fence of insurrection. In view therefore ofthe con
dition of things as they have existed and to some ex-
tent still exist it is hoped the attention of Congress will
be directed to th's subject Whilst persons arc per
mitted to resist the laws in existence and to act with
mnunity in open defiance of them obstructing the
civil functionaries of the Government in the discharge
of their legal and constitutional duties the rights of
individuals must be sacrificed their fives and their
personsjendcrcd insecure and anarchy triumph over
order The Congiess has the power ol remedying
these evils by the enactment of necessary and salutary
laws the omission to do which cannot have any other
effect than to license and increase evils already exist
ing to an alarming extent.
It is to be hoped that under no circumstances what
ever will the courts of justice be suspended in the ex
ercise of their appropriate jurisdiction; but that they
will maintain their influence by holding tneir regu-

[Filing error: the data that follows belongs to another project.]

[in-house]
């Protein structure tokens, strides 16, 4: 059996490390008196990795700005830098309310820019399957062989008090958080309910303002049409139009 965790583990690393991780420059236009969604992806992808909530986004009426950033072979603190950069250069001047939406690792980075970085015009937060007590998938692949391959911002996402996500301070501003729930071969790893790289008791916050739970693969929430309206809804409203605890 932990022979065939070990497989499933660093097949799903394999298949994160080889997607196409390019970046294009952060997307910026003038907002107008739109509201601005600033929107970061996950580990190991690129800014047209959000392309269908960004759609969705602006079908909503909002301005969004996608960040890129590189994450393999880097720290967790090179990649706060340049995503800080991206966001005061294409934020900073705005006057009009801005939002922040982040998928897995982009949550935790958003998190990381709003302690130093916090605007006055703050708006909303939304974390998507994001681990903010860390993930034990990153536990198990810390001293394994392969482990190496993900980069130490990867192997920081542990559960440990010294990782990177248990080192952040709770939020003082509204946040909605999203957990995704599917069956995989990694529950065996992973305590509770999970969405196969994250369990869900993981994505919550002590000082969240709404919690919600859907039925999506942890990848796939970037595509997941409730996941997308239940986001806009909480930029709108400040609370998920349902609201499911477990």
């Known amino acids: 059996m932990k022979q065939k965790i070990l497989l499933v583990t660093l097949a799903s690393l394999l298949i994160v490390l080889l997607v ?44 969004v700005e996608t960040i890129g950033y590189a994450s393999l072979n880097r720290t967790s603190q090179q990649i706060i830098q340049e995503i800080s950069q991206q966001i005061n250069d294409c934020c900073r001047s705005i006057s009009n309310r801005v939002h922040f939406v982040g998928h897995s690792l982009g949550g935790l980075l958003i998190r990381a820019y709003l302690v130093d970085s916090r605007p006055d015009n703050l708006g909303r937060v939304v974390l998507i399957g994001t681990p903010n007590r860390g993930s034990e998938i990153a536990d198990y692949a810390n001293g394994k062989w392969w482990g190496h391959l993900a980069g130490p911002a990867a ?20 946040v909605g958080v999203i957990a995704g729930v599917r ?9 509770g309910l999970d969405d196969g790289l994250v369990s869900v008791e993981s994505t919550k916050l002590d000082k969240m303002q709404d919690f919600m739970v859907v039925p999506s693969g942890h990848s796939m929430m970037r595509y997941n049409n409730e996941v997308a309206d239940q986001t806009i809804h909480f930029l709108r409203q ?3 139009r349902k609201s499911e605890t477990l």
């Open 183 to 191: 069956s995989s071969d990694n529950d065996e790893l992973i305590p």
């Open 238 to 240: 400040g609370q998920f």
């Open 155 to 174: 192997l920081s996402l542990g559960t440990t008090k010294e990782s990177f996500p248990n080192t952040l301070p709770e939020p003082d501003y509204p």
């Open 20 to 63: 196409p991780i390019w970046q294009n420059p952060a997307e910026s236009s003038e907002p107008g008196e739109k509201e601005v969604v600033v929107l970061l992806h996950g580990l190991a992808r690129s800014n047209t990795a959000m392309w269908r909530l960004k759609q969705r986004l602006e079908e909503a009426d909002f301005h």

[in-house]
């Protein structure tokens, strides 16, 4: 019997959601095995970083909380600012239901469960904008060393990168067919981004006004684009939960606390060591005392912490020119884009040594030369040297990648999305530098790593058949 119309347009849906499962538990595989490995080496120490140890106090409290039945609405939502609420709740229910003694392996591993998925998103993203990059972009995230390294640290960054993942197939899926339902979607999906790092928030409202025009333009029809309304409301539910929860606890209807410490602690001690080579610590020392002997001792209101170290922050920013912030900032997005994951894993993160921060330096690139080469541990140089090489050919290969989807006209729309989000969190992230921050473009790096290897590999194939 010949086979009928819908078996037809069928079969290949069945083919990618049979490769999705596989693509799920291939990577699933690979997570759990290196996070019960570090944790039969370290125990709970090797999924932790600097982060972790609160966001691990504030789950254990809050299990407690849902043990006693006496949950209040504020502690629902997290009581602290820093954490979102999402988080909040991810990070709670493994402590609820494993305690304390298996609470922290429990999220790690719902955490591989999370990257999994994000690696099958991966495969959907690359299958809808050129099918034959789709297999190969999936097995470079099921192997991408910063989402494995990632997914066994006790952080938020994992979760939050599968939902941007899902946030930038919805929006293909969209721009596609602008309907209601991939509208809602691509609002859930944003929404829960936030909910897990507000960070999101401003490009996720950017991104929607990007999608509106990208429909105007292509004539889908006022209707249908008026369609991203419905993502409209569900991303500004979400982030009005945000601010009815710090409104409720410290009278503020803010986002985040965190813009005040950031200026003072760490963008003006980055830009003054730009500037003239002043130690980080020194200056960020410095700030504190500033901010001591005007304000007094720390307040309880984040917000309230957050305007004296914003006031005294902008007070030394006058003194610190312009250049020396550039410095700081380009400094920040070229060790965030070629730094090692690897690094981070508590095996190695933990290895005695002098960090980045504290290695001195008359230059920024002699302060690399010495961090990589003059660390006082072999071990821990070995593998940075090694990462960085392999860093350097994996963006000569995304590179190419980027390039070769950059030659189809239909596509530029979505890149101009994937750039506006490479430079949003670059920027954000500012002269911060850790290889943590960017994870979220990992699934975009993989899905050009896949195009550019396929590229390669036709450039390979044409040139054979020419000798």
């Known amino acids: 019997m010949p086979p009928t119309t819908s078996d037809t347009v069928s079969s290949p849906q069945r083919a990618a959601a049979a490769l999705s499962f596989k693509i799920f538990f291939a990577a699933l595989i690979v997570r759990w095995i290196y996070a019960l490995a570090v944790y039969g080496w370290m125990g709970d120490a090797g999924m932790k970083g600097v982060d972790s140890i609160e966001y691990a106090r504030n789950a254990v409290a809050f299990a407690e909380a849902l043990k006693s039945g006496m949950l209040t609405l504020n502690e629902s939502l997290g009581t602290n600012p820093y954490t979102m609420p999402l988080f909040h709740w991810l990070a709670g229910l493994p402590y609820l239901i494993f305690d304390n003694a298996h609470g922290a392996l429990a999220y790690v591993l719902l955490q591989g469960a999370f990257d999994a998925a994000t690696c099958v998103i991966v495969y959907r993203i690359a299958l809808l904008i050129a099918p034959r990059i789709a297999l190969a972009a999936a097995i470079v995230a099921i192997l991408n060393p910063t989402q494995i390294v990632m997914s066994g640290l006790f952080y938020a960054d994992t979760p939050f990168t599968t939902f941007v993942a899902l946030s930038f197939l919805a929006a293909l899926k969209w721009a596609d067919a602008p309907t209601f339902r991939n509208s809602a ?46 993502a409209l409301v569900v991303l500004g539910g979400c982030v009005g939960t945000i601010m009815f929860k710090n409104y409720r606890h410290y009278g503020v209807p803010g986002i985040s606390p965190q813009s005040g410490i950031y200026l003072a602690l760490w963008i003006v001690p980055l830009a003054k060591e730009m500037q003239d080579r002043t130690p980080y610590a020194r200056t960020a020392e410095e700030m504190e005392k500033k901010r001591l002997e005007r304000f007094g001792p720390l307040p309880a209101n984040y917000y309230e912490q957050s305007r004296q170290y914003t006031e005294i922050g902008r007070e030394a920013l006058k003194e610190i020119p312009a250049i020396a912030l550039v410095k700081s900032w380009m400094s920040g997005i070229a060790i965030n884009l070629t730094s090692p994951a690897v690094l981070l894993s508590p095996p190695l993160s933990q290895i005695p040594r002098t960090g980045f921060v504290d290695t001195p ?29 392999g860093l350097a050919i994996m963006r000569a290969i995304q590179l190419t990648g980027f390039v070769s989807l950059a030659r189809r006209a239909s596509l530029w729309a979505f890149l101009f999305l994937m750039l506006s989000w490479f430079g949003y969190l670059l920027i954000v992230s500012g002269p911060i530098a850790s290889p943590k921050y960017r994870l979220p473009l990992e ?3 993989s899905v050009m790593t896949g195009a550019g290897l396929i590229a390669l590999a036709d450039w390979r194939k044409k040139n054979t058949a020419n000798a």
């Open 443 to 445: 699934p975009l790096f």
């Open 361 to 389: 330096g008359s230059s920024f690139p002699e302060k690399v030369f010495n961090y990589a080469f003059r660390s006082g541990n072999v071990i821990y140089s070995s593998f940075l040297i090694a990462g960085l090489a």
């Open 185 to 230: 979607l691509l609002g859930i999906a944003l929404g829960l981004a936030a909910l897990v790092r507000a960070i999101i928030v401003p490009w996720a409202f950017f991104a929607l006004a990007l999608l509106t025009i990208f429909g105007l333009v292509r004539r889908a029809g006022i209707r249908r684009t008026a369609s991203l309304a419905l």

lar sessions and beincat all times prepared to punish
those who may violate the lairs. In the opinion of
the Executive nothing is better calculated to strength-
en he social and political bands which should unite
the members of a community one witbr another than
the maintenance of an able honest and independent
judiciary. If the Congress resolve upon the prose
cution ol active war.u migm do wen wncro inuivia-
uals were actually engaged in the service to suspend
civil process as to them so long as they arc absent
in the discharge of jublic or official dutybot nolon
In thus discharging the duty -which this occasion
has dcvolvcd.uoon me I hava submitted for your
consideration what'Lcooceived ofthehigbestintercst